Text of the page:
by Coop Cooper
I remember reading “Paddington Bear” picture books as a kid. I recall being mildly amused by the bear in the hat and overcoat but as an adult I couldn’t possibly imagine a live-action adaptation would be entertaining for both parents and children. Surprisingly, “Paddington” proved me wrong and I’m very pleased to say it surprised me nearly as much as “The Lego Movie” did last year.
While on an expedition in Peru, British explorer Montgomery Clyde discovers a gentle species of intelligent bears. He teaches them the ways of English life, how to speak English and most importantly, how to make orange marmalade. Years later, the bears’ habitat is destroyed by an earthquake and the youngest male (voiced by Ben Whishaw who is the new ‘Q’ of the James Bond films) is smuggled upon a boat to London to search for Clyde because he once promised them help if they ever needed it. Once in London, he is taken in by the kindly Brown Family who name him “Paddington” after the train station they found him in. As with any bear who wanders into the center of civilization, hijinks ensue much to the chagrin of the Brown Family’s risk-averse patriarch (Dowton Abbey’s Hugh Bonneville). Through Paddington’s kind and heroic nature, he begins to win everyone over except for the evil taxidermist Millicent (Nicole Kidman) who wants Paddington stuffed in her trophy room.
This film’s boasts an impressive all star cast. Nicole Kidman almost completely steals the show, playing her villainous role so straight and creepy, you would swear her character was straight out of a James Bond movie (I even suspect Pussy Galore was something of an inspiration for her performance). However, Hugh Bonneville manages to upstage her playing completely against type in the second half of the film in some zany comedic scenes, even dressing up in drag for one of them. His ‘adventure-loving hippie’ backstory provided for one of the biggest laughs in the film. Sally Hawkins, Julie Walters, Imelda Staunton (voice), Michael Gambon (voice), Jim Broadbent and Peter (Doctor Who) Capaldi all make an appearance, providing either comedic or dramatically moving performances.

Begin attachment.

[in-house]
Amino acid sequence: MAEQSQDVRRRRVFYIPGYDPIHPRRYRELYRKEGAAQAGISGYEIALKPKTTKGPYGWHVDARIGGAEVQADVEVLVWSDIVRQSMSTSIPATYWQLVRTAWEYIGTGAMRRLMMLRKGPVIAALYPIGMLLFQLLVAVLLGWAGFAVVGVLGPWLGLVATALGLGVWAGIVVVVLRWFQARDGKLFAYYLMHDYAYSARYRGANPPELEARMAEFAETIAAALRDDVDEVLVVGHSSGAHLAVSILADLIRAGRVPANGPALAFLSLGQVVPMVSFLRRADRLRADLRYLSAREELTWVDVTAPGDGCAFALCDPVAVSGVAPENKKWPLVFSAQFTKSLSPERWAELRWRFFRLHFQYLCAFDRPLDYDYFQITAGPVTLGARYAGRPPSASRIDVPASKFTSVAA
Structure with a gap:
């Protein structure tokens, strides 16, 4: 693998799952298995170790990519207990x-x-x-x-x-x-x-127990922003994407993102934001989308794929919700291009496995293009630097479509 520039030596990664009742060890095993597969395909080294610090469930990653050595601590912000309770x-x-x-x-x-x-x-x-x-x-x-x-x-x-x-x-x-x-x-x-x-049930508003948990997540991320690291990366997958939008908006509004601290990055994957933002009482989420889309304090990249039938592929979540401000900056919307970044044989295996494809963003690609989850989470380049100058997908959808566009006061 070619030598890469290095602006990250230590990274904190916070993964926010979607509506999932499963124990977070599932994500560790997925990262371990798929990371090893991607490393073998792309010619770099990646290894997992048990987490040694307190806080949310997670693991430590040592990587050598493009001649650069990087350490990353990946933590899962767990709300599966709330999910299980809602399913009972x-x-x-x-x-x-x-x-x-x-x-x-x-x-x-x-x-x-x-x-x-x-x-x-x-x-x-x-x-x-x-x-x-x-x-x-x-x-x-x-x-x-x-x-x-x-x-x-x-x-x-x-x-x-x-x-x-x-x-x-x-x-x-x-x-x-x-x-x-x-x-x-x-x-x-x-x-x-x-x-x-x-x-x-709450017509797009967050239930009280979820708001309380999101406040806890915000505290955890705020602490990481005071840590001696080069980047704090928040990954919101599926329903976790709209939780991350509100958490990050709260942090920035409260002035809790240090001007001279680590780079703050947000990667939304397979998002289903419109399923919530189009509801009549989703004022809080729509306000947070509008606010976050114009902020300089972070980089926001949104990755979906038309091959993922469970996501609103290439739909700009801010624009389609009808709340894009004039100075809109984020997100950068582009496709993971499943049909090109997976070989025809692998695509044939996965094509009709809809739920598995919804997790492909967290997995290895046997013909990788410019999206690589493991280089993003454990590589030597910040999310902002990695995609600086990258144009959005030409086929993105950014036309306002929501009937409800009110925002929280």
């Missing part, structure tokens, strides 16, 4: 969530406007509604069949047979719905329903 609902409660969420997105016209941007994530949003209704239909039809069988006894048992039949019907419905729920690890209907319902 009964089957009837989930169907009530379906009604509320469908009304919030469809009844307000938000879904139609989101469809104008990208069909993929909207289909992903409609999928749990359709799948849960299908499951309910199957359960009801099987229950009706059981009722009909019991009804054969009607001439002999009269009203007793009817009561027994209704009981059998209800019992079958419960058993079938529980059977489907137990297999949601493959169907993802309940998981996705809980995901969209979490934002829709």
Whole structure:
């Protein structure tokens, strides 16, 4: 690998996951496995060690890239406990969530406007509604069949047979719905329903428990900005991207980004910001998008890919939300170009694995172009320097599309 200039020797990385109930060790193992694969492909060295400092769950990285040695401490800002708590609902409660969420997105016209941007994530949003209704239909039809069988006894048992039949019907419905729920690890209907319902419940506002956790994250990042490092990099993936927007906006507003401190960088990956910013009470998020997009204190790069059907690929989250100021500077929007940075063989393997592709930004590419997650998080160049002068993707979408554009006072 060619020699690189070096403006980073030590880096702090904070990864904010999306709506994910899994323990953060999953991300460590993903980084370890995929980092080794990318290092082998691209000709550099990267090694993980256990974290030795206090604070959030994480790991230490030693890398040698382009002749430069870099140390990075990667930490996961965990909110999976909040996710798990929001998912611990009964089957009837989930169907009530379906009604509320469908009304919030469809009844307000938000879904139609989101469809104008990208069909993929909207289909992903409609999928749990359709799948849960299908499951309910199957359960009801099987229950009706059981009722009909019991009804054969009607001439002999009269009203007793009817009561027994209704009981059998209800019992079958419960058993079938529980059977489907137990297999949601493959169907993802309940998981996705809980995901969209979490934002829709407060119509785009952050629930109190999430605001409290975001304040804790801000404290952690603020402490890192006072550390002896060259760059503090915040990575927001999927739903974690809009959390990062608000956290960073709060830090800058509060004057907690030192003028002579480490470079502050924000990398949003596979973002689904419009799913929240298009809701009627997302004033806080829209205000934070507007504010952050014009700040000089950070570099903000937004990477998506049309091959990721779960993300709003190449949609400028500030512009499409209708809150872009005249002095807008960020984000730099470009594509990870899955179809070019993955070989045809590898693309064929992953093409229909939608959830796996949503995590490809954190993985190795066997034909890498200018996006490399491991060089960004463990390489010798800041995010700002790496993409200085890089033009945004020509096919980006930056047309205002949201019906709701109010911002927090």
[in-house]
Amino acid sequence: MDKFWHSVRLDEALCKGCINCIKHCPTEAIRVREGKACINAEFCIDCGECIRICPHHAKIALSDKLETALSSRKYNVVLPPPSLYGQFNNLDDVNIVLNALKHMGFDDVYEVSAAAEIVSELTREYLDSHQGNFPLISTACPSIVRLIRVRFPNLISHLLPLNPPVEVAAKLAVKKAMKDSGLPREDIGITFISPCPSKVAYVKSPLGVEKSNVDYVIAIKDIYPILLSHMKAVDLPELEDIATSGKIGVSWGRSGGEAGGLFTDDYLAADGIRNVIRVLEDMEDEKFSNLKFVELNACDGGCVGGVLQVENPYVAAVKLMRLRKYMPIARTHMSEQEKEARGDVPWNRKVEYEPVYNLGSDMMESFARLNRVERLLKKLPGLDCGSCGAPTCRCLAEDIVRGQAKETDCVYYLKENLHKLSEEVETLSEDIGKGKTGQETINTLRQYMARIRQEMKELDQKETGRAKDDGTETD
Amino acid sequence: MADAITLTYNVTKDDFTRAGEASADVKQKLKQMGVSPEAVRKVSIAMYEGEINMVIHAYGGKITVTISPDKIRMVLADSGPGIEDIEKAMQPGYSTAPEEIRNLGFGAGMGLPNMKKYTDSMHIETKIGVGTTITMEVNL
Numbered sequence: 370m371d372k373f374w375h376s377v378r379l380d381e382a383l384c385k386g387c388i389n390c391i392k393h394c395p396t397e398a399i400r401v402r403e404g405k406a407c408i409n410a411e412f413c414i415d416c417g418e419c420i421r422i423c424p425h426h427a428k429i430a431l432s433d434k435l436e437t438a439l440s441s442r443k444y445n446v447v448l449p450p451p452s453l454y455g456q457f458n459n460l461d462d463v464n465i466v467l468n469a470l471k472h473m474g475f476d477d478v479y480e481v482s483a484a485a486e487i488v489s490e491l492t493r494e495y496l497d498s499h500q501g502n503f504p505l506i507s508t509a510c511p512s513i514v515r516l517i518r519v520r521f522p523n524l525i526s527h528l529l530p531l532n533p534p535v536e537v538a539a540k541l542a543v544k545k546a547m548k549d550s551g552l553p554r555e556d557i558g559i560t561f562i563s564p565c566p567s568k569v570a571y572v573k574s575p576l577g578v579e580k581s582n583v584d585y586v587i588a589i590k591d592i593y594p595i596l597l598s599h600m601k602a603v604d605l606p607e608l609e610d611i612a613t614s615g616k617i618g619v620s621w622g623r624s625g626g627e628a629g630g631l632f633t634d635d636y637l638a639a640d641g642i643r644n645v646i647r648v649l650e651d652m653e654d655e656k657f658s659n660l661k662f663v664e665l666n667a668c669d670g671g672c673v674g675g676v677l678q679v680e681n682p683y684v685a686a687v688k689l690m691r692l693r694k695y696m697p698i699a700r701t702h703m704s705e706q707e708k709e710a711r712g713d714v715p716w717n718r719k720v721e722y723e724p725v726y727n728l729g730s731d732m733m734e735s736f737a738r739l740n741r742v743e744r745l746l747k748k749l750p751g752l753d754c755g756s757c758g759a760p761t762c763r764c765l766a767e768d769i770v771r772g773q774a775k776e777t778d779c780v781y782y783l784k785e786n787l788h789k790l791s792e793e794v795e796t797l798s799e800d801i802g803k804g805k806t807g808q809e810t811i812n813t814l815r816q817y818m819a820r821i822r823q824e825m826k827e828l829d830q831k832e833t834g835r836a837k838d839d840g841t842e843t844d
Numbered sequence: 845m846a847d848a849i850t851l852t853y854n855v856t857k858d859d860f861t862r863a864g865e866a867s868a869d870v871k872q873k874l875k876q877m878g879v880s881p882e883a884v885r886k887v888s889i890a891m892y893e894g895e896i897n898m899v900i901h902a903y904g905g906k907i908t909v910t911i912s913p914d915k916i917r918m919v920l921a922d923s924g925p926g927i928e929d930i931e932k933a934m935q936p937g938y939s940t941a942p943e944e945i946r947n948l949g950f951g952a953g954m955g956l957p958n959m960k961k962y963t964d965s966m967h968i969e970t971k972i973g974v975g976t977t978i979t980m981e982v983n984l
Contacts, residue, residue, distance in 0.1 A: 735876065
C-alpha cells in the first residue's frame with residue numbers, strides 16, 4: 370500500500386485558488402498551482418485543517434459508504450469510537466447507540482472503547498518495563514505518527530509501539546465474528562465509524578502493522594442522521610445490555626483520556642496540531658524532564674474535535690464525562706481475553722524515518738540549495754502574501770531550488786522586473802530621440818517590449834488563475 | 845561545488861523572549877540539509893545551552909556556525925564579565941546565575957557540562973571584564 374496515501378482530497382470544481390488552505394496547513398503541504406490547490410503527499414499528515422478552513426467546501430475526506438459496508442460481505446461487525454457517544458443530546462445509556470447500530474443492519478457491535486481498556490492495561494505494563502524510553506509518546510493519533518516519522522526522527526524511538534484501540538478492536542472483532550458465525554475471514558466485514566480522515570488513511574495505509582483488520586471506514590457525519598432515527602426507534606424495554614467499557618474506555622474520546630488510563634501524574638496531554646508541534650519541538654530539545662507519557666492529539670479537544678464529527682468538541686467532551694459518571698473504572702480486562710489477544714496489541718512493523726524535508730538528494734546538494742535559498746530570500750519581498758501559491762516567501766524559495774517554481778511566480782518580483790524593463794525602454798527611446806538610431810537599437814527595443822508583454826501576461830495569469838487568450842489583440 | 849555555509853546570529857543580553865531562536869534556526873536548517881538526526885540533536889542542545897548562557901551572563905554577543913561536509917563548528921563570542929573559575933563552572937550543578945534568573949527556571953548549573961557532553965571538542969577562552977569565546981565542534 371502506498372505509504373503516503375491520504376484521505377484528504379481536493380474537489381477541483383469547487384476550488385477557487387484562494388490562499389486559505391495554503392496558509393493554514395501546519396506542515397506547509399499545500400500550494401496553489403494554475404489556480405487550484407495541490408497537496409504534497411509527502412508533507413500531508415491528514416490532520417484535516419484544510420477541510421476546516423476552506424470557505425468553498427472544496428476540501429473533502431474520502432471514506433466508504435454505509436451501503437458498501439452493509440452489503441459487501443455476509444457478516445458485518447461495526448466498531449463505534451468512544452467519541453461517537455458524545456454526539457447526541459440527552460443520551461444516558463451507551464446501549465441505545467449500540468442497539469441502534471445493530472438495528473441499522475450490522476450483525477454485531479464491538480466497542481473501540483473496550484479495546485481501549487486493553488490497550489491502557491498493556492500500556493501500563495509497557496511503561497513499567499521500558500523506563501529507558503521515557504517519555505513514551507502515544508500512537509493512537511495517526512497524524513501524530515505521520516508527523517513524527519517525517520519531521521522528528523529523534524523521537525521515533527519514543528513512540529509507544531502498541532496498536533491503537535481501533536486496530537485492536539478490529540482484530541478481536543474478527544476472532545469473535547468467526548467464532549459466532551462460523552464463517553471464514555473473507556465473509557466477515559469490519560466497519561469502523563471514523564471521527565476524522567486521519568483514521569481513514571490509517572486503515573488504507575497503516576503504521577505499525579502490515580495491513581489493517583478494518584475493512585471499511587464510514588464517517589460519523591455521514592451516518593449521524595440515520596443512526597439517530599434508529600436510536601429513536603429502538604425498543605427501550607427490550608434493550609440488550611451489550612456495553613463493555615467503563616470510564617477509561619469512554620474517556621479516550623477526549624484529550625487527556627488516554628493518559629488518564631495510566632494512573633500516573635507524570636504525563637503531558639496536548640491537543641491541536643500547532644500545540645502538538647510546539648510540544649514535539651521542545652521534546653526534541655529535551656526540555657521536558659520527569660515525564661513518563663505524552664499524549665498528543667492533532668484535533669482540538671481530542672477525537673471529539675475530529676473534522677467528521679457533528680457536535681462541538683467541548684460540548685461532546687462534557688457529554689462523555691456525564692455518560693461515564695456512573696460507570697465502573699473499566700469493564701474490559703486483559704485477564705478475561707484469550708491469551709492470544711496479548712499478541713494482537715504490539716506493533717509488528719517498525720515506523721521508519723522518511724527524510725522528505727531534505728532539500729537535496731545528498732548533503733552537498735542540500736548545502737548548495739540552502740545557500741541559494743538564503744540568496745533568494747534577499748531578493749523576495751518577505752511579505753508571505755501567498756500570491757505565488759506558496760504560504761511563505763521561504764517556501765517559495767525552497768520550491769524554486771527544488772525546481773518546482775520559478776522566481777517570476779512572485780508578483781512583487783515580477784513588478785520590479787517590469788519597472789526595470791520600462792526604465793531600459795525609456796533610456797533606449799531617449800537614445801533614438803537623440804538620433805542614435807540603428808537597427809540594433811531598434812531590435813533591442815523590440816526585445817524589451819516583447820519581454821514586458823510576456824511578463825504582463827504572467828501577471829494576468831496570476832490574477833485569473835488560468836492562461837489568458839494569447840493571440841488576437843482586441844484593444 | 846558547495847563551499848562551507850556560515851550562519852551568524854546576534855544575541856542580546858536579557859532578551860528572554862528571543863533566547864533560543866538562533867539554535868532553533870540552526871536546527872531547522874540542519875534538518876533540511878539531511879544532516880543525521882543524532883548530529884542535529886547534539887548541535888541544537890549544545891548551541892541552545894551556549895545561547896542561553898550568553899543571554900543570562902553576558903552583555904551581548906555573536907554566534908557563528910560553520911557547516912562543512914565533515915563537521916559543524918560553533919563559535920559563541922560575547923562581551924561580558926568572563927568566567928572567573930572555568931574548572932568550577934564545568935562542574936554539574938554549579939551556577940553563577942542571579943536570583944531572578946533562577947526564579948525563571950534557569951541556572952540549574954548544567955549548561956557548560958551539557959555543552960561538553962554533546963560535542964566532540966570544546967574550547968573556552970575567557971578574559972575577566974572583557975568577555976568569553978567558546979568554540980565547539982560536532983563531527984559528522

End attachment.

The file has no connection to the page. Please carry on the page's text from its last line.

There are so many fun moments in this film… Bonneville’s transition from stuffy dad to hero, Walters drinking a security guard under the table, Kidman’s “Mission Impossible” Tom Cruise impression, Paddington’s clever use of ‘dustbuster’ vacuums, the running gag with the pigeons and Kidman’s final “Anything but that!!!” punishment.
While the tone is undeniably silly, it is also clever, charming, funny and heartwarming. There are many moments where Paddington’s life is in danger but nothing a kid couldn’t handle. In fact, the film I would most compare this to is “E.T. The Extraterrestrial” but to a lighter degree. There is a small amount of crude humor (burps, earwax eating, drinking toilet water, etc…) and while the dry British humor is present, the film mines all types of humor, even the intellectual kind. There were several times where I found myself laughing a few seconds after I had time to process a cleverly delivered zinger. Plentiful amounts of slapstick fill in the rest.
Although “Paddington” was released in the United Kingdom in November, it is a shame this film couldn’t be released in America before Christmas. Dumping it into a January time slot doesn’t do it any favors as that is traditionally the worst month to release a film. Hopefully it will stay in theaters long enough to find an audience since “American Sniper” is getting all the attention and the box office dollars at the moment. If you’re looking for a movie for you kids (especially one that you have to sit through yourself) you can’t go wrong with “Paddington”. It has been out since mid-January so catch it quickly before it’s gone.
4 out of 5 stars.